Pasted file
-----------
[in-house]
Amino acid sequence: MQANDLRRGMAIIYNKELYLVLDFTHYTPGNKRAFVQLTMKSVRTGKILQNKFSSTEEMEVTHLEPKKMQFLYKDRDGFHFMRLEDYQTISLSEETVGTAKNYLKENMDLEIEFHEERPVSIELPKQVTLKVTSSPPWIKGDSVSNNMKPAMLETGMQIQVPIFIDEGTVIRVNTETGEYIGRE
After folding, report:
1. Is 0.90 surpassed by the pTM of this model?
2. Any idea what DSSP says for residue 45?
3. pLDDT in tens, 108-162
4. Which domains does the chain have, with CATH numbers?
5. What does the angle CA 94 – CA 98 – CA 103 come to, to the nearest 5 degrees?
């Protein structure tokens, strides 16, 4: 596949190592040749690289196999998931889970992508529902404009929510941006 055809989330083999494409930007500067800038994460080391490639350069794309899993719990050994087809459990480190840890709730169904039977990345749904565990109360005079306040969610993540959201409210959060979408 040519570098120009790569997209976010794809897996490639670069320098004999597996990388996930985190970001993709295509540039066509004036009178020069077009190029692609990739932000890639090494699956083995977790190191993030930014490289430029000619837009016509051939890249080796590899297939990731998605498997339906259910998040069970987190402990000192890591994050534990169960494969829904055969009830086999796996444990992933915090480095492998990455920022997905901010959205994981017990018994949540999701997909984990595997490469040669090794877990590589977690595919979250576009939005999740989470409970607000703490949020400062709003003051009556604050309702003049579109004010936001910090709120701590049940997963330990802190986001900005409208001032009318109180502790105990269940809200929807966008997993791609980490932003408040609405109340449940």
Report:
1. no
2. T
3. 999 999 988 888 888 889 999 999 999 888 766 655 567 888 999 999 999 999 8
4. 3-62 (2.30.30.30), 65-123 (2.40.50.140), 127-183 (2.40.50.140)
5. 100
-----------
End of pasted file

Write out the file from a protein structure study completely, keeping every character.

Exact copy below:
[in-house]
Amino acid sequence: MQANDLRRGMAIIYNKELYLVLDFTHYTPGNKRAFVQLTMKSVRTGKILQNKFSSTEEMEVTHLEPKKMQFLYKDRDGFHFMRLEDYQTISLSEETVGTAKNYLKENMDLEIEFHEERPVSIELPKQVTLKVTSSPPWIKGDSVSNNMKPAMLETGMQIQVPIFIDEGTVIRVNTETGEYIGRE
After folding, report:
1. Is 0.90 surpassed by the pTM of this model?
2. Any idea what DSSP says for residue 45?
3. pLDDT in tens, 108-162
4. Which domains does the chain have, with CATH numbers?
5. What does the angle CA 94 – CA 98 – CA 103 come to, to the nearest 5 degrees?
């Protein structure tokens, strides 16, 4: 596949190592040749690289196999998931889970992508529902404009929510941006 055809989330083999494409930007500067800038994460080391490639350069794309899993719990050994087809459990480190840890709730169904039977990345749904565990109360005079306040969610993540959201409210959060979408 040519570098120009790569997209976010794809897996490639670069320098004999597996990388996930985190970001993709295509540039066509004036009178020069077009190029692609990739932000890639090494699956083995977790190191993030930014490289430029000619837009016509051939890249080796590899297939990731998605498997339906259910998040069970987190402990000192890591994050534990169960494969829904055969009830086999796996444990992933915090480095492998990455920022997905901010959205994981017990018994949540999701997909984990595997490469040669090794877990590589977690595919979250576009939005999740989470409970607000703490949020400062709003003051009556604050309702003049579109004010936001910090709120701590049940997963330990802190986001900005409208001032009318109180502790105990269940809200929807966008997993791609980490932003408040609405109340449940």
Report:
1. no
2. T
3. 999 999 988 888 888 889 999 999 999 888 766 655 567 888 999 999 999 999 8
4. 3-62 (2.30.30.30), 65-123 (2.40.50.140), 127-183 (2.40.50.140)
5. 100